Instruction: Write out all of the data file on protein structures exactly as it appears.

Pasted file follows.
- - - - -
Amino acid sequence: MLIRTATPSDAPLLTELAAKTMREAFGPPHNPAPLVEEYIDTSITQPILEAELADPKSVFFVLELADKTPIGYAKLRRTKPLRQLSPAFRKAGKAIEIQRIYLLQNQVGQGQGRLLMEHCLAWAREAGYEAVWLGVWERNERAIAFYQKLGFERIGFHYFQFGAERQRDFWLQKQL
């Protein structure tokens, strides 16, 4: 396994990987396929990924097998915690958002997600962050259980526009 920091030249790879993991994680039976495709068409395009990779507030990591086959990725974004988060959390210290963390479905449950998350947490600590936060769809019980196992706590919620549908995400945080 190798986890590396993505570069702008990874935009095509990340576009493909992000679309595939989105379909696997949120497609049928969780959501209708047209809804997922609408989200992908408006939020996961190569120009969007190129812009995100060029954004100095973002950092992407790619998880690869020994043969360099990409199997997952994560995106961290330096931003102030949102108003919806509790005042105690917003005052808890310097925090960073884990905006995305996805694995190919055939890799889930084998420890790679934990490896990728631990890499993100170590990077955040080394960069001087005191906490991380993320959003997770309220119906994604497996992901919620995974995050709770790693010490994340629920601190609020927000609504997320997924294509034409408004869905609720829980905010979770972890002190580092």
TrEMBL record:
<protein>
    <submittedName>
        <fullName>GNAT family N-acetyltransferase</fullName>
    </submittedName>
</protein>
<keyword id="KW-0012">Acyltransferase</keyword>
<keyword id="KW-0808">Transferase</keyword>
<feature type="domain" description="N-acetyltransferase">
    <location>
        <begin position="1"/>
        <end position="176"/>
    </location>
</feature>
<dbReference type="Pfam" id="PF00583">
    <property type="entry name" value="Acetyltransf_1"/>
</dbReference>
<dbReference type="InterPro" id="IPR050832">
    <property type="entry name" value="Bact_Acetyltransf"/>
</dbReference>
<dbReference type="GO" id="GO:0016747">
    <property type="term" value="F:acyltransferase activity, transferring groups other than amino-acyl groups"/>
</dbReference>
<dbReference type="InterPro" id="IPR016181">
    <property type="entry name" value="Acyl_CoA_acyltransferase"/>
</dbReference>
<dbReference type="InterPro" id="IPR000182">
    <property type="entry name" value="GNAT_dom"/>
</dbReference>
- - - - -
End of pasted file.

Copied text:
Amino acid sequence: MLIRTATPSDAPLLTELAAKTMREAFGPPHNPAPLVEEYIDTSITQPILEAELADPKSVFFVLELADKTPIGYAKLRRTKPLRQLSPAFRKAGKAIEIQRIYLLQNQVGQGQGRLLMEHCLAWAREAGYEAVWLGVWERNERAIAFYQKLGFERIGFHYFQFGAERQRDFWLQKQL
């Protein structure tokens, strides 16, 4: 396994990987396929990924097998915690958002997600962050259980526009 920091030249790879993991994680039976495709068409395009990779507030990591086959990725974004988060959390210290963390479905449950998350947490600590936060769809019980196992706590919620549908995400945080 190798986890590396993505570069702008990874935009095509990340576009493909992000679309595939989105379909696997949120497609049928969780959501209708047209809804997922609408989200992908408006939020996961190569120009969007190129812009995100060029954004100095973002950092992407790619998880690869020994043969360099990409199997997952994560995106961290330096931003102030949102108003919806509790005042105690917003005052808890310097925090960073884990905006995305996805694995190919055939890799889930084998420890790679934990490896990728631990890499993100170590990077955040080394960069001087005191906490991380993320959003997770309220119906994604497996992901919620995974995050709770790693010490994340629920601190609020927000609504997320997924294509034409408004869905609720829980905010979770972890002190580092």
TrEMBL record:
<protein>
    <submittedName>
        <fullName>GNAT family N-acetyltransferase</fullName>
    </submittedName>
</protein>
<keyword id="KW-0012">Acyltransferase</keyword>
<keyword id="KW-0808">Transferase</keyword>
<feature type="domain" description="N-acetyltransferase">
    <location>
        <begin position="1"/>
        <end position="176"/>
    </location>
</feature>
<dbReference type="Pfam" id="PF00583">
    <property type="entry name" value="Acetyltransf_1"/>
</dbReference>
<dbReference type="InterPro" id="IPR050832">
    <property type="entry name" value="Bact_Acetyltransf"/>
</dbReference>
<dbReference type="GO" id="GO:0016747">
    <property type="term" value="F:acyltransferase activity, transferring groups other than amino-acyl groups"/>
</dbReference>
<dbReference type="InterPro" id="IPR016181">
    <property type="entry name" value="Acyl_CoA_acyltransferase"/>
</dbReference>
<dbReference type="InterPro" id="IPR000182">
    <property type="entry name" value="GNAT_dom"/>
</dbReference>